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Upcoming Tour Dates
|Jul 04, 2015
||Freedom Over Texas
|Jul 17, 2015
||Syracuse Jazz Fest
|Jul 18, 2015
||Swamp Romp Blues Fest
“A propulsive, rollicking, swamp-boogie joy ride.” –People
“Stanley ‘Buckwheat’ Dural, Jr. is the leader of the world’s hottest zydeco band. Buckwheat is a brilliantly dexterous musician belting it out with a terrific set of pipes while exuding consummate showmanship. From beginning to end, Buck throws it down and slams it sideways.” –OffBeat
American musical legend Stanley “Buckwheat” Dural Jr.—along with his band, Buckwheat Zydeco—is the preeminent ambassador of Louisiana zydeco music. 2009 marked Buckwheat Zydeco’s 30th anniversary, and Buckwheat celebrated with the release of his Grammy Award-winning CD (and Alligator Records debut), Lay Your Burden Down
. On February 1, 2010, the album won for Best Zydeco or Cajun Music Album. Buckwheat Zydeco has been nominated five previous times in three different categories. This is their first Grammy win.
The New York Times
says, “Stanley ‘Buckwheat’ Dural leads one of the best bands in America. A down-home and high-powered celebration, meaty and muscular with a fine-tuned sense of dynamics…propulsive rhythms, incendiary performances.” The Louisiana vocalist, accordion and organ master recorded his Grammy-winner at Dockside Studios in Maurice, Louisiana with Steve Berlin (Los Lobos) producing, as well as leading the horn section which also boasted New Orleans’ own Trombone Shorty.
Lay Your Burden Down
, the album OffBeat
calls “the band’s most adventurous disc yet,” was released on May 5, 2009. Guests on the album include Sonny Landreth, Warren Haynes, Steve Berlin, JJ Grey and Trombone Shorty. As New Orleans author Ben Sandmel writes in the liner notes, “Lay Your Burden Down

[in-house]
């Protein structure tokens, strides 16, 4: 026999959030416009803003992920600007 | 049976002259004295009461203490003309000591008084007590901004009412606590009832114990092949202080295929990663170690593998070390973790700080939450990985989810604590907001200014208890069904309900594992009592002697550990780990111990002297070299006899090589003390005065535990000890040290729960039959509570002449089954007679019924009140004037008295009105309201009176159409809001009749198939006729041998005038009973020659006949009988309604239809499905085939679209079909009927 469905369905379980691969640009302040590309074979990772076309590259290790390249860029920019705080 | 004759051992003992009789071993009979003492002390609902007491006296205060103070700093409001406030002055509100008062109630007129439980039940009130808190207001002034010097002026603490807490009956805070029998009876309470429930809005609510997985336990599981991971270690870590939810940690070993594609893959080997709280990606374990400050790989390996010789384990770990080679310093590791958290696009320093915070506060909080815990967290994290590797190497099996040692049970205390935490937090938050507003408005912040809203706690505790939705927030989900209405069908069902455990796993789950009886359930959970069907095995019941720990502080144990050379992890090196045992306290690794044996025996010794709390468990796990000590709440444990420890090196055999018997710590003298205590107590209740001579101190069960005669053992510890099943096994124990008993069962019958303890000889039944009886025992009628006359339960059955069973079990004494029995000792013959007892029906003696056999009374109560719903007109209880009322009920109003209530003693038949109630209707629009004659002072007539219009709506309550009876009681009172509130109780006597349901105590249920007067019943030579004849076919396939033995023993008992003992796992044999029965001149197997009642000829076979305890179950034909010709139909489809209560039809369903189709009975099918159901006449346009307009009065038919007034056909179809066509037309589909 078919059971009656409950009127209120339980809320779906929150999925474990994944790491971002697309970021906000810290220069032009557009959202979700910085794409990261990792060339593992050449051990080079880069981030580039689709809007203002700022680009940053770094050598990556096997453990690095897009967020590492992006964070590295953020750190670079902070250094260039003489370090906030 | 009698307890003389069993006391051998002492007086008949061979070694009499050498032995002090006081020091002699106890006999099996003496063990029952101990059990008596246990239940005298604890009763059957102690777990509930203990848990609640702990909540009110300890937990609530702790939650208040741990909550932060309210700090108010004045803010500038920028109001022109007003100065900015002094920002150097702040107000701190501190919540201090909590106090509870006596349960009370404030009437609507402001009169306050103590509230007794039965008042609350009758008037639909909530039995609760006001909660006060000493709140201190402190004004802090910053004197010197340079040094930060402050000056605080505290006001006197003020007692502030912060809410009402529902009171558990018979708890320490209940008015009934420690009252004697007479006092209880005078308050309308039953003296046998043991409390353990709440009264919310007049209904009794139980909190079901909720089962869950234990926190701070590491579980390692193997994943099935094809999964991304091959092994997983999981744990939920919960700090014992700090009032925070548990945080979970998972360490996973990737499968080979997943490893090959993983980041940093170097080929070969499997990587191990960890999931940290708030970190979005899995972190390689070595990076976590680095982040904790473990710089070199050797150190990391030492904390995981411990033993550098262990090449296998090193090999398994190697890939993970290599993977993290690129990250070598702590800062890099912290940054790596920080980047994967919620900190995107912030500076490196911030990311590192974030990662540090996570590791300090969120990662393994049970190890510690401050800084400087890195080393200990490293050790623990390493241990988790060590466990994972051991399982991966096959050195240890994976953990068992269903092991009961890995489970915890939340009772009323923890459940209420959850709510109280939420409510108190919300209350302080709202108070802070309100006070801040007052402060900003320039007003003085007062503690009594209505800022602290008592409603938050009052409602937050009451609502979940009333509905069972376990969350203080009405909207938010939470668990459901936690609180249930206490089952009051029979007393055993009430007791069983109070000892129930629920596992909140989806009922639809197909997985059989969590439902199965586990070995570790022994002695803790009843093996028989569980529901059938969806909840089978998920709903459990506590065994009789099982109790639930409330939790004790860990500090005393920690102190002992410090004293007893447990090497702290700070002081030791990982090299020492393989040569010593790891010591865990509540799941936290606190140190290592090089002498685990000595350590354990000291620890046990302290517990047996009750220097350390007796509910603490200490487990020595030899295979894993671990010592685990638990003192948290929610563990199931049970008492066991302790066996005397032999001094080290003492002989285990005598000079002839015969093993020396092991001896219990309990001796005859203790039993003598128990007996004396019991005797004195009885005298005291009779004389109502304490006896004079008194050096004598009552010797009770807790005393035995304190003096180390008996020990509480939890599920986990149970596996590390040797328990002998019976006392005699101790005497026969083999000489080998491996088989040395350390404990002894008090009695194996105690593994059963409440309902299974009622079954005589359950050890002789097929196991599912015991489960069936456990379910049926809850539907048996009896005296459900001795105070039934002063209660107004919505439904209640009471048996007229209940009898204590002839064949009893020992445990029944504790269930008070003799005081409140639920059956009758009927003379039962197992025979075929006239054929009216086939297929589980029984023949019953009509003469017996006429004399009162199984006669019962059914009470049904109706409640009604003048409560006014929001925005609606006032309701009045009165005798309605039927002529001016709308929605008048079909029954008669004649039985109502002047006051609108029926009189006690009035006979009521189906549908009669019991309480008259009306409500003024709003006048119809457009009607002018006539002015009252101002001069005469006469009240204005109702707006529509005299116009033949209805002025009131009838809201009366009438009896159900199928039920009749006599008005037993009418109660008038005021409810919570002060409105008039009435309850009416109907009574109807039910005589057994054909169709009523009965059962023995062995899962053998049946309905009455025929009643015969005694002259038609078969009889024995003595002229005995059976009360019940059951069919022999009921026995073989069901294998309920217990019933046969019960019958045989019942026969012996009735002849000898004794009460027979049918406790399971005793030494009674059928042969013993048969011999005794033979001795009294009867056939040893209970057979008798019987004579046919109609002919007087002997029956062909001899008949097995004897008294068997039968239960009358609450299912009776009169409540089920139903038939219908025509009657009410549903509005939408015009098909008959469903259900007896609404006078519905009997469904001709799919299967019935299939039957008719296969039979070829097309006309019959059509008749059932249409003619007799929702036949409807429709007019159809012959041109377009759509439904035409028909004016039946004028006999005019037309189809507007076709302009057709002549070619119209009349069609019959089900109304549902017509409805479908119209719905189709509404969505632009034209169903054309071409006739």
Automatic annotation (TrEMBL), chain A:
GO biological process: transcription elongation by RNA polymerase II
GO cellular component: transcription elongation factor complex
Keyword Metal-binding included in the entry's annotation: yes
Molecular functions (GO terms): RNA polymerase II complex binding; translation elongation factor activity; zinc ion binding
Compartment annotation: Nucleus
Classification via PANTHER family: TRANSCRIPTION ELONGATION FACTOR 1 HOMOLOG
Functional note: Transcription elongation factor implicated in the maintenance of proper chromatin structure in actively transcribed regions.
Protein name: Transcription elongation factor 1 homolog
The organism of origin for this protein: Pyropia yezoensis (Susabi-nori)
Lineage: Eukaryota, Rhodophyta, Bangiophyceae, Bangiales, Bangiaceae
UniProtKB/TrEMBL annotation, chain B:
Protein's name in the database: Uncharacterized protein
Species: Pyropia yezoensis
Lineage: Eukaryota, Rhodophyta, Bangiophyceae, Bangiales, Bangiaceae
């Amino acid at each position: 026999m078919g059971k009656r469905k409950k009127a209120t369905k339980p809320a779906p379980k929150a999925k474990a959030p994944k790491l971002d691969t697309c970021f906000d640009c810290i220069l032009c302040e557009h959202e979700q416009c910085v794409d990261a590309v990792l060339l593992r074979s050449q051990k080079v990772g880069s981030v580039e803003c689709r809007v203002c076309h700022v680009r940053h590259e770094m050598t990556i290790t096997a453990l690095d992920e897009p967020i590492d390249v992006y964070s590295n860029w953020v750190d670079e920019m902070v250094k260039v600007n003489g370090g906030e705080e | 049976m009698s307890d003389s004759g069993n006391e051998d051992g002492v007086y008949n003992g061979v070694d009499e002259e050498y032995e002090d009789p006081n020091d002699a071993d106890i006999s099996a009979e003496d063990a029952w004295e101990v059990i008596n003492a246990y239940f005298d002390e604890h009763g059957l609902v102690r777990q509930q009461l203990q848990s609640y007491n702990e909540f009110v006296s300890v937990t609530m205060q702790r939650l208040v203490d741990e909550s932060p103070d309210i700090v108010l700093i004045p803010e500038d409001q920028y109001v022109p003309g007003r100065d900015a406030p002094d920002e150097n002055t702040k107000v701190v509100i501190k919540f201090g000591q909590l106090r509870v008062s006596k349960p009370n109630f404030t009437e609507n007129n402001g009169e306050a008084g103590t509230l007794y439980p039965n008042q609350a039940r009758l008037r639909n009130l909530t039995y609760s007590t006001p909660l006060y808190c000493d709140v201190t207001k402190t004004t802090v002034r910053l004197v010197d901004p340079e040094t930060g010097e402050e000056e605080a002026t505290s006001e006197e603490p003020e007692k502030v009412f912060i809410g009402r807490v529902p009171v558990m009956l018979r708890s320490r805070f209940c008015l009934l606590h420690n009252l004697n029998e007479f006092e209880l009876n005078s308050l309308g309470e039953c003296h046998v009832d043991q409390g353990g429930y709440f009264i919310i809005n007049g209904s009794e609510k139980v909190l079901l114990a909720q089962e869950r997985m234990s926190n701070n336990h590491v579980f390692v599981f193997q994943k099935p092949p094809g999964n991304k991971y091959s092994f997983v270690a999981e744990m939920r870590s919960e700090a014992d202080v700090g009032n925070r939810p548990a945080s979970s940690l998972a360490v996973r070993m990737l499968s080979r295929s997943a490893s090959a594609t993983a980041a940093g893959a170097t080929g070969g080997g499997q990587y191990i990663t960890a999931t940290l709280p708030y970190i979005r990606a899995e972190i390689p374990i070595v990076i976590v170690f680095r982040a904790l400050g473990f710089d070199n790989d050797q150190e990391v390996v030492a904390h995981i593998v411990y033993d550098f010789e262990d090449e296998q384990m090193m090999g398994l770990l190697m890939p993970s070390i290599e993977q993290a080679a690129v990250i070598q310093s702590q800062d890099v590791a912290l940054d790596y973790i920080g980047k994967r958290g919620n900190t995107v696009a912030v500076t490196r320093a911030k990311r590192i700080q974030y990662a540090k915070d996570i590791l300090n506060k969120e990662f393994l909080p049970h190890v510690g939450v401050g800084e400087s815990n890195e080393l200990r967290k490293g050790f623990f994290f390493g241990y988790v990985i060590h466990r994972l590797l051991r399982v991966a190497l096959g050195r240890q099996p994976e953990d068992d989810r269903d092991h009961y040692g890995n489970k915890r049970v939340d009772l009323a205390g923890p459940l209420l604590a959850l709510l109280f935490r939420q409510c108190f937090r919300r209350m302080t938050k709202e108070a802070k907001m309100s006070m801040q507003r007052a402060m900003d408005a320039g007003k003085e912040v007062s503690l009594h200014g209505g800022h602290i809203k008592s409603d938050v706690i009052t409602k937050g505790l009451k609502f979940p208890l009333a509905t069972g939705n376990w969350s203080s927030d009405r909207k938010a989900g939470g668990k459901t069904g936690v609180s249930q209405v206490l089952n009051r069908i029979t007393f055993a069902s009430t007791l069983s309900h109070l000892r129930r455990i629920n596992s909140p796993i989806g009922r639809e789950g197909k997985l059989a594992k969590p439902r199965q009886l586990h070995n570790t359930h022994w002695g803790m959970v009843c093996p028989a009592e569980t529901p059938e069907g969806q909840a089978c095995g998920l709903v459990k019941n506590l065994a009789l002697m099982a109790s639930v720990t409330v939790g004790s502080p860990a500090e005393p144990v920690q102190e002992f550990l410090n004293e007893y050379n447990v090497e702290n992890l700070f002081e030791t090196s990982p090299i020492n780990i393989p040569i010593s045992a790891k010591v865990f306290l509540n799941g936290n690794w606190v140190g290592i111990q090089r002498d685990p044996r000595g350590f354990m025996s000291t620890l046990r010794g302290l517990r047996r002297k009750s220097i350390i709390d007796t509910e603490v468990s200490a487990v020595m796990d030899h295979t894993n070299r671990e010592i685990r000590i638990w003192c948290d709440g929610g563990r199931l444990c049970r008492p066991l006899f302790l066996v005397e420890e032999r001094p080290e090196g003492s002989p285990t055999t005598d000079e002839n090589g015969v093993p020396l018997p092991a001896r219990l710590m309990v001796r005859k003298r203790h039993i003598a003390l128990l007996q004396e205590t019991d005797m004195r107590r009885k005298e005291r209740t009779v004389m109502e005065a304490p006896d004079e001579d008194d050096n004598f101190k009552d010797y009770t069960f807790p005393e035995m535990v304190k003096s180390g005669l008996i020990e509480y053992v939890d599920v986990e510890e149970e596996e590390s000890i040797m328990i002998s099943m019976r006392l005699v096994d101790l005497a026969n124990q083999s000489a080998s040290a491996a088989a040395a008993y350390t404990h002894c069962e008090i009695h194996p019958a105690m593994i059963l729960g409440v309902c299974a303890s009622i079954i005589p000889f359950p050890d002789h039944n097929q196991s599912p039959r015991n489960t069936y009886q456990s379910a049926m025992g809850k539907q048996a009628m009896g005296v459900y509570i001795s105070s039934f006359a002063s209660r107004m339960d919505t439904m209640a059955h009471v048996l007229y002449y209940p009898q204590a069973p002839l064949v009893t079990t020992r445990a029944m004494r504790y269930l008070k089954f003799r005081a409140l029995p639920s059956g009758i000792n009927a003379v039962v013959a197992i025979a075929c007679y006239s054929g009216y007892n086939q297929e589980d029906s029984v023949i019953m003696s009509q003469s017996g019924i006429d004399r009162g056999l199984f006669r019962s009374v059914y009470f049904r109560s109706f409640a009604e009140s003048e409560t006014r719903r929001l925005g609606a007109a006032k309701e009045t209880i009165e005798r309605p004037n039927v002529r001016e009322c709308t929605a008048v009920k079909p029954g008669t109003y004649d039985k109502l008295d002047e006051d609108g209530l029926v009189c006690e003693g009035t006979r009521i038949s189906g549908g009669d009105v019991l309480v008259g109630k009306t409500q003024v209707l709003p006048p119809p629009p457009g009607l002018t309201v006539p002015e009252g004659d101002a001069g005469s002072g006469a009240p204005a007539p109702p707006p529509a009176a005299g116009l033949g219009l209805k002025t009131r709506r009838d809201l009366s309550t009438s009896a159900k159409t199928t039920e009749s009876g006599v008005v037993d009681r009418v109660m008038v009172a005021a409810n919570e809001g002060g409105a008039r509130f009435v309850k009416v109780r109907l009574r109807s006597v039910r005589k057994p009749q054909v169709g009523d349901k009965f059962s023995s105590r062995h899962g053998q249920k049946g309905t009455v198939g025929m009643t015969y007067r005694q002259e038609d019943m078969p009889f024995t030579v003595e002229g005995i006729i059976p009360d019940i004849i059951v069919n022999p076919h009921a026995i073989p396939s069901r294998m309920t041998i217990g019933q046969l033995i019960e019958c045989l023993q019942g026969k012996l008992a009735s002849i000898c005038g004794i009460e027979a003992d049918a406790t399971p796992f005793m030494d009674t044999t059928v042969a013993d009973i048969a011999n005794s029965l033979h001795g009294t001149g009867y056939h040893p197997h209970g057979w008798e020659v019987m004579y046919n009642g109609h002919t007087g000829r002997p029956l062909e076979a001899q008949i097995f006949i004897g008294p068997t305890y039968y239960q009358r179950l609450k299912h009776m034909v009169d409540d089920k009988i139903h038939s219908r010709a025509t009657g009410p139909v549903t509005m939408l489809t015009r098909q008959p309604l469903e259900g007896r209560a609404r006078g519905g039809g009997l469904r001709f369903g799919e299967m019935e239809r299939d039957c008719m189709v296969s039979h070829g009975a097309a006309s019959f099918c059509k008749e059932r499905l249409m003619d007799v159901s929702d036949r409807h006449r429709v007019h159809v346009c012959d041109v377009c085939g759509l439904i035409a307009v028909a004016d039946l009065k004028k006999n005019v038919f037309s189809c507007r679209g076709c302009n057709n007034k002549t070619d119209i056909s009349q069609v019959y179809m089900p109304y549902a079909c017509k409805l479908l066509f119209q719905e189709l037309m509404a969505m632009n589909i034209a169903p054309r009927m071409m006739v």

pulses with music that tells a story. Since it’s zydeco, this album will naturally get feet to moving. But Lay Your Burden Down
speaks with equal eloquence to the head, and the heart.” It is a remarkably conceived, rocking album featuring five new Buckwheat originals and complete reinventions of songs by Memphis Minnie (When The Levee Breaks
, made famous by Led Zeppelin), Bruce Springsteen (Back In Your Arms
), Gov’t Mule (Lay Your Burden Down
), Captain Beefheart (Too Much Time
), Jimmy Cliff (Let Your Yeah Be Yeah
) and JJ Grey & Mofro (The Wrong Side
). Lay Your Burden Down
received some of the best reviews of 2009 for a roots/blues album. Living Blues
says, "Buckwheat Zydeco returns with a new release on famed Chicago blues label Alligator Records, and the results are stunning." Blues Revue
continues, saying the album "is as steeped in blues as in the joyous Louisiana soul at the heart of this outstanding, wonderfully diverse set." Chris Morris, writing in Sonicboomers.com, which named it an "Album Of The Week," called it "a vastly entertaining and appealingly diverse package." Allmusic.com says: "Lay Your Burden Down